04 May NO EXCUSE FOR VIOLATION OF HUMAN RIGHTS DURING MCO
The investigation of a Malaysian reporter Tashny Sukumaran on World Press Freedom Day over her article on the recent migrant crackdown shows the Government’s lack of respect for media freedom. It is an unnecessary act of harassment by the authorities, especially during the Movement Control Order (MCO).
Tashny, a reporter working for the South China Morning Press, is being hauled up for questioning by the Police for her report ing on the cruel and inhumane raid and arrests of migrants, including young children, by the authorities in Kuala Lumpur on May 1, 2020.
This investigation reveals an alarming eagerness of the Government to use repressive laws to persecute and bully our journalists into silence. What’s more, it shows that the Government is not interested in taking action to protect vulnerable communities and has even defended the raids.
The Communication and Multimedia Minister Dato’ Saifuddin Abdullah stated that the Government is committed to ensuring press freedom and that he has directed his Ministry to drop the charges against her. However, the fact remains that Tashny is still being called in for questioning by the Police under Section 504 of the Penal Code and Section 233 of the Communications and Multimedia Act.
The Government must stop its continued harassment. Earlier, five Mongolian women were unfairly detained by the police under the Anti-Trafficking in Persons and Anti-Smuggling of Migrant Act 2007 (“ATIPSOM”) despite being victims in a rape case involving a policeman.
Meanwhile, several members of the Opposition were also called up by the police for investigation. This includes Klang MP Charles Santiago for allegedly violating the MCO during his food aid distribution to struggling families and Kuantan MP Fuziah Salleh for a video she posted on her Facebook account.
The present Government continues to violate human rights as it goes back on its earlier promise to not persecute migrants especially undocumented workers, and refugees during this period. Civil society organisations have warned the government that persecution of migrants and refugees will only defeat the contact tracing of the spread of the Covid-19 virus. The fear of arrests and being sent home will not encourage migrants and refugees to come forward for scanning and testing.
The Malaysian government has an important role to play in curbing ‘hate speech’ and other forms of intolerance. The continued persecution of migrants and refugees will also feed into the rampant hate speech and the already racist and misogynistic biasness against the vulnerable.
Having ridden on the wave of hate speech and unhealthy right wing rhetoric in the country during the past two years to eventually taking over power, Perikatan Nasional has not shown any signs to unite all Malaysians.
State-led harassment and allowing hate speech to go unchecked can lead to the very real threat of violence by one group against another. It will also weaken our society by promoting dangerous narratives and values that could continue to grow and turn against other communities in the future.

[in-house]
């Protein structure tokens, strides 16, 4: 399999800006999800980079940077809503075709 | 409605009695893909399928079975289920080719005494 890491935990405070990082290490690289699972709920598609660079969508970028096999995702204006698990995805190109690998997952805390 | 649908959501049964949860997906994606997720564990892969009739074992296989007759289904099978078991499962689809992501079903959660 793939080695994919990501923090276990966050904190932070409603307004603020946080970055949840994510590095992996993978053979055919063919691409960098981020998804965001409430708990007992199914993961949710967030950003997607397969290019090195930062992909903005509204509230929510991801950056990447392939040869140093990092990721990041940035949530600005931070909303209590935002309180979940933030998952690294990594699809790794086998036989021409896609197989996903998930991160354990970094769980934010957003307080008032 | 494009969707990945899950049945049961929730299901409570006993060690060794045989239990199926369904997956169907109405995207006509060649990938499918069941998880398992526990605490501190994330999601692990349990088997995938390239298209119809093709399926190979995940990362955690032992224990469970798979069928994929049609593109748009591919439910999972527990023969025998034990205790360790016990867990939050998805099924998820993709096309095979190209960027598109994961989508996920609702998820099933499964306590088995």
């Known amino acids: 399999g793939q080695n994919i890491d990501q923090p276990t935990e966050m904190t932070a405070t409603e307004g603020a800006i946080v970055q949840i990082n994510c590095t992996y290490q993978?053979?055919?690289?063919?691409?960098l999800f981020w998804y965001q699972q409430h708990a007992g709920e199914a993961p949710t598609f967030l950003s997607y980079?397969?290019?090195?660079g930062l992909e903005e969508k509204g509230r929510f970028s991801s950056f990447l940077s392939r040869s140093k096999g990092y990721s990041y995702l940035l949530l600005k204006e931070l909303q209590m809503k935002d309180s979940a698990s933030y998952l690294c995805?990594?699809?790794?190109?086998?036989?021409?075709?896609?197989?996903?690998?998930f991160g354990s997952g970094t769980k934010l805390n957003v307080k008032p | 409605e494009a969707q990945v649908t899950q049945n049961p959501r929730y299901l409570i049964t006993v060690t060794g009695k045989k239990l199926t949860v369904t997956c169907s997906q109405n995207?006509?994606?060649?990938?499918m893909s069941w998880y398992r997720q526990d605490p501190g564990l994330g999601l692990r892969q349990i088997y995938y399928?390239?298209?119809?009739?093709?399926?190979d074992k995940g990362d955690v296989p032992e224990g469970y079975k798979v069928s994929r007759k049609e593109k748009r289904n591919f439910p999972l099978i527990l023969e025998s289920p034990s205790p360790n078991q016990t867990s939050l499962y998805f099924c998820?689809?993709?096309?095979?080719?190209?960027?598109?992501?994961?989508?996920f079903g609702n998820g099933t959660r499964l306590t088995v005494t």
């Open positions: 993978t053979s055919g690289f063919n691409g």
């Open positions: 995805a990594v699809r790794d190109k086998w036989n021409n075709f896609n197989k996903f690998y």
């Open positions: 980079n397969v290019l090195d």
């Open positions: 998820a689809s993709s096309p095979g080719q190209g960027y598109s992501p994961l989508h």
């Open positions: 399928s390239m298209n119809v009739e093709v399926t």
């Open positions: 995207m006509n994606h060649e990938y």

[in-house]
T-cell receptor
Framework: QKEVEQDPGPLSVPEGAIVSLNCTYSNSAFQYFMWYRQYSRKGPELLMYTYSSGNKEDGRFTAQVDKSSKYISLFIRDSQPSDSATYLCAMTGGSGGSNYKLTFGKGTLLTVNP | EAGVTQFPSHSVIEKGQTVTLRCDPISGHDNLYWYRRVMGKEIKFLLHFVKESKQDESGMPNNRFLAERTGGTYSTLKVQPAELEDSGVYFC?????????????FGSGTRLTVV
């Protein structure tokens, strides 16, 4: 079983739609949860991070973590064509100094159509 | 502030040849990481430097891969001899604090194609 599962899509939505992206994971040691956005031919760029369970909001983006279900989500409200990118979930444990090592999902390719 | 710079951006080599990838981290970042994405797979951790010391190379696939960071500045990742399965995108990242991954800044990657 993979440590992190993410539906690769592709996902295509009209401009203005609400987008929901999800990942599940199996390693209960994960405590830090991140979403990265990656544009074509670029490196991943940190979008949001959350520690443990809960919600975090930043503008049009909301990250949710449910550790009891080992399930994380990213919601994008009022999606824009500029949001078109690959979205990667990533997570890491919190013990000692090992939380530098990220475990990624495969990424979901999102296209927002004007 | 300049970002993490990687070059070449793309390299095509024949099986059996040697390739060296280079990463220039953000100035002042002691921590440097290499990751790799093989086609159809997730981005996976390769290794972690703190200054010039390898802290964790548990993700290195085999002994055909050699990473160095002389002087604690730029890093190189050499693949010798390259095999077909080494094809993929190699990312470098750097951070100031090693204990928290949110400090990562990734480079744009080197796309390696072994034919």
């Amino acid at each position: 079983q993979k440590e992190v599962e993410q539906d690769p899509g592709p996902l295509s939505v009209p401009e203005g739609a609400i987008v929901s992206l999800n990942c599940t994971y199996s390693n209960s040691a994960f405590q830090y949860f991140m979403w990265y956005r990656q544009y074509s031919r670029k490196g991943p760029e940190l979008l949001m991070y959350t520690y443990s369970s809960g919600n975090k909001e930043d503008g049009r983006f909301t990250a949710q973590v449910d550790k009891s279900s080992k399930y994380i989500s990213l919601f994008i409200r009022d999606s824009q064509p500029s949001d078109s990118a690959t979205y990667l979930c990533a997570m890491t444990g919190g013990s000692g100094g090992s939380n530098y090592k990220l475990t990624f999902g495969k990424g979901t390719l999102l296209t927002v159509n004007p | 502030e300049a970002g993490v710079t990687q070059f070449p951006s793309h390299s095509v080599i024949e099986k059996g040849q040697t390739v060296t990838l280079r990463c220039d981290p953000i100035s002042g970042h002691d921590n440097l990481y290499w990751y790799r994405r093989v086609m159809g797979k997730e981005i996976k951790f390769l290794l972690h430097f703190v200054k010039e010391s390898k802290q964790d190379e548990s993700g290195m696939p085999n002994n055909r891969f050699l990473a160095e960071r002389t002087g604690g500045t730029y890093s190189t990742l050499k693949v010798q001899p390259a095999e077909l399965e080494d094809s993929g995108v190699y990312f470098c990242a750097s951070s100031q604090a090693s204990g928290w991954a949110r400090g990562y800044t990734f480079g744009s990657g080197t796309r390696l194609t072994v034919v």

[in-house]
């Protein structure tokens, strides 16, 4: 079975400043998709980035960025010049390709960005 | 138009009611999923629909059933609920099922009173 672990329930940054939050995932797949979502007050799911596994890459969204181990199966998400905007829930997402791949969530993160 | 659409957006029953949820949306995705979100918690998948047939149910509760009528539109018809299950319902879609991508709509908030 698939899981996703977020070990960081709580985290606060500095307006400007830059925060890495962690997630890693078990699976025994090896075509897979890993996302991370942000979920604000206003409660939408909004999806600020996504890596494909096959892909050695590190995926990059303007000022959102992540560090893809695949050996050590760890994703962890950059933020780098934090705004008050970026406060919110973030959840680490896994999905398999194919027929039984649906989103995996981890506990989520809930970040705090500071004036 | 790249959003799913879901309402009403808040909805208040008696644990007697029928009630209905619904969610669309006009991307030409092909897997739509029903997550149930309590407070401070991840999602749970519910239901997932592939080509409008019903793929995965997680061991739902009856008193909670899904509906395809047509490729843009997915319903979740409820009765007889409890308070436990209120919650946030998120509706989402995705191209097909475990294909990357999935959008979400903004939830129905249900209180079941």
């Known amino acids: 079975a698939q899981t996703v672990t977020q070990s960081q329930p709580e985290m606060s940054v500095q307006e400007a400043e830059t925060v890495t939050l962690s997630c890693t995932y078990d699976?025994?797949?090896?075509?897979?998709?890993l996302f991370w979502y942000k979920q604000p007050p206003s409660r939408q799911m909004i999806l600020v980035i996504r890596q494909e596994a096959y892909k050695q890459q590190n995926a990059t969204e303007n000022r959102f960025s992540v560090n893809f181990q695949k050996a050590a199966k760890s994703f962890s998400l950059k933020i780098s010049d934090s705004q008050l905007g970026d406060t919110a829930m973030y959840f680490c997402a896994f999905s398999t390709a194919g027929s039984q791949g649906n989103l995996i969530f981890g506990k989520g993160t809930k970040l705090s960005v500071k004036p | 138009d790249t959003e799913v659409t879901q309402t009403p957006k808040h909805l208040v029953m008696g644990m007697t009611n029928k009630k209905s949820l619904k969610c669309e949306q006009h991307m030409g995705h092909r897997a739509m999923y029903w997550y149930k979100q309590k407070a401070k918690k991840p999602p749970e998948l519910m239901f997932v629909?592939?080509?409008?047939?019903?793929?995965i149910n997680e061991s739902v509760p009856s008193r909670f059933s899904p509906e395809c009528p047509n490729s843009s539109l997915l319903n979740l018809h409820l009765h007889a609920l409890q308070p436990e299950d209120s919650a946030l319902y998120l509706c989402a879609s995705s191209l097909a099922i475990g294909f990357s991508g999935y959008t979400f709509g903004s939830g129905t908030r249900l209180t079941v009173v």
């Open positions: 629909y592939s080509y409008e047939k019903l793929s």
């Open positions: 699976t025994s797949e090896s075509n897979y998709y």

The Government must stand by our founding values of unity and peace for all. It should therefore discourage and avoid disproportionate measures that restrict human rights.
Rather than focusing on arrests and harassment to address the problem, Malaysian authorities should consider positive policy initiatives to promote tolerance and intercultural understanding.
Moreover, migrant groups are already struggling and do not deserve to be treated with such indignity. Many of them have no money and are unable to put even a simple mean together. I recall recently helping a group of four migrants who were in such a bad state, they had to share a packet of instant noodles a day between themselves.
Bear in mind that these so-called “outsiders” were employed by us to work in our economic sectors when we needed their labour. The Department of Statistics in 2016 showed that most of the documented migrant workers are concentrated in agriculture (37.3%), manufacturing (21.2%), construction (22.4%), domestic and service workers (9.2%) and mining (4.9%).
They are in jobs that are coined as “dirty, difficult and dangerous”. Migrant workers are paid cheaply by employers and as a result it is difficult for wages to increase, especially in low skilled jobs. We have reported cases of abuse and mal-treatment of migrant workers and of refugees. To be herded and arrested, inclusive of young children, strips the vulnerables of their self-worth and dignity.
This is certainly not the time to correct a failed government policy on documented, undocumented migrants and refugees and to compromise on their human rights.
This Covid-19 crisis is the time for the Government to show that it can play a magnanimous role to guarantee the human rights, safety, and security of everyone in Malaysia, including our guests.
MARIA CHIN ABDULLAH
PETALING JAYA MEMBER OF PARLIAMENT